You’ve heard of course of the hundreds of thousands of Middle Easterners and North Africans sailing to Greece to get to Macedonia to get to Serbia to get ultimately and mostly to Germany.
You might even know of a nearly equal number from west and North Africa seeking asylum in France, because they’re native French-speakers.
You’ve probably given a slight ear to news reports about all the political fighting going on right now in Europe and especially Greece and Italy about what to do with the (yes) millions of immigrants who’ve besieged those countries in the last decade.
But do you know anything about these people? These individuals? Whether you want to call them refugees or illegals or desperados or whatever, do you have any idea what these people are really like?
You’d be surprised.
Check this out: an aggressive German journalist is right now traveling with a group of refugees from Aleppo trying to illegally get into Germany. Follow him on Twitter and Periscope by clicking here.
This is real-time journalism and here’s what you’ll find out about these refugees:
1. They’re rich.
2. They’re educated.
3. They’re young.
4. Most are professionals.
And that’s as true for a Libyan or Zimbabwean as a Syrian. There’s an incredible similarity between these fleeing peoples whether they are starving Guatemalans trying to enter the U.S. for a meal, or professionals fleeing bombs from war-torn Libya into France.
If you remove any one of the first three of those characteristics of a typical refugee listed above, they’d never make the journey.
It’s ridiculously expensive for a refugee. Many illegal immigrants from Central America pay upwards of $20,000 to get help sneaking into Texas.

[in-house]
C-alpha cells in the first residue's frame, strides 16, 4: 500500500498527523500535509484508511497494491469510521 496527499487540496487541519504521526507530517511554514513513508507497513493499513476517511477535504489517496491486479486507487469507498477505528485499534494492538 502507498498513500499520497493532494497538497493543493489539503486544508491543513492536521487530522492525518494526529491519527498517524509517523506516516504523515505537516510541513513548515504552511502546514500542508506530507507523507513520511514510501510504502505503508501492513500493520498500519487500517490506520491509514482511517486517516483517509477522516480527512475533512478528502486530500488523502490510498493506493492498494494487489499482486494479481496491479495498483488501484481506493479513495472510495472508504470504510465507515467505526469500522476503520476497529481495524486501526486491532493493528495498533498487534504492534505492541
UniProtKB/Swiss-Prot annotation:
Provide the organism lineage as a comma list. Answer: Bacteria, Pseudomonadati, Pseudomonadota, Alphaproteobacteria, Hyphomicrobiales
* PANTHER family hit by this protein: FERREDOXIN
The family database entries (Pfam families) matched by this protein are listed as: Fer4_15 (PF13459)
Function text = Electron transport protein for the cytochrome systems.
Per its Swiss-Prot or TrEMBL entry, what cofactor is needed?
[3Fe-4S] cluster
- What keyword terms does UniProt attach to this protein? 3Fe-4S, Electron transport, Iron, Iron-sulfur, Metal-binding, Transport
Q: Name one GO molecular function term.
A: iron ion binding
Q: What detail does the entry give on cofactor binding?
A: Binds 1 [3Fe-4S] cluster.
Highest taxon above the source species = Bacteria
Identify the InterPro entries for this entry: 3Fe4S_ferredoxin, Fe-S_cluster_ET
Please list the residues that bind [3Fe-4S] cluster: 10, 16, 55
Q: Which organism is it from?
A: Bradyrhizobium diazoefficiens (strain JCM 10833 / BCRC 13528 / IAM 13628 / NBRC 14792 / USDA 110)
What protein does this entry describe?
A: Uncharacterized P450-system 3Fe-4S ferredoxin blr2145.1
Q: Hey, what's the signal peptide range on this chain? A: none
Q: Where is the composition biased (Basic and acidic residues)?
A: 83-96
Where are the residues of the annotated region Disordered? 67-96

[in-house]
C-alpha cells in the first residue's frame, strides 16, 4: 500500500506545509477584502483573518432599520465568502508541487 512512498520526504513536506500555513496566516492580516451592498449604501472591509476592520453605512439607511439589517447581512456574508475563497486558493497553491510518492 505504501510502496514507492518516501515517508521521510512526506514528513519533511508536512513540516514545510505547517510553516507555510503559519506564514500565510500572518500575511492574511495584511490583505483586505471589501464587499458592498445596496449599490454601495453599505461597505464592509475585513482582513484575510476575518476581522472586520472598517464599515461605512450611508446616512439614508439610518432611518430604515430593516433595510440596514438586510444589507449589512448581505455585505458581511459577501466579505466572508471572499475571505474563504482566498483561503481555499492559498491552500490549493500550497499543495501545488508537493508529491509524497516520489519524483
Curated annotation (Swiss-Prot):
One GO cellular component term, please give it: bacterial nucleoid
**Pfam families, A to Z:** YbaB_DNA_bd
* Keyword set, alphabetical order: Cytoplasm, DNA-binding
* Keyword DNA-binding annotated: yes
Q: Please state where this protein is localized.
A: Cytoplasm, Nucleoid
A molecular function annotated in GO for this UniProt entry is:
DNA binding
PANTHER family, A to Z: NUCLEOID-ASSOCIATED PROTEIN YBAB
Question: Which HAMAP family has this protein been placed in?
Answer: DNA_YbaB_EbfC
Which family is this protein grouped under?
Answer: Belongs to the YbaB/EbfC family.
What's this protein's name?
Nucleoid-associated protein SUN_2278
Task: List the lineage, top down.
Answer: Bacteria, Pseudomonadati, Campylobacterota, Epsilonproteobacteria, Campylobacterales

It’s true all over the world.
Only an educated person who can read and speak multiple languages, navigate signs and maps and figure out the necessary deception and convincing to get past authorities has a chance of making it.
It’s strenuous. There’s a lot of walking, bushwacking, sleep deprivation … few but young people are capable of this.
But why professionals? Because in a stressed society, they suffer the most. They’ve made the greatest investment in their lives and are enjoying no return.
Richard Dowden of the Royal African Society has been writing about African refugees for years: “This is not a new problem. It is called globalisation,” he reminds us.
I’ve also written about refugees from northern Africa fleeing to South Africa. See that reference for my profile of Hemadet, shown in the picture above opposite Donald Trump. In fact in that blogpost several years ago I asked, “how soon will there be millions?”
Well, there are right now.
So rethink this refugee, illegal immigrant issue, please! These are not rapists, murders and criminals. A single one of them probably has greater personal character and life accomplishment than the entire bunch of politicians now quibbling over them.
And if borders were thrown wide open and all these people welcomed without question, they’d probably solve all our problems a lot quicker than we’ll ever be able to do ourselves.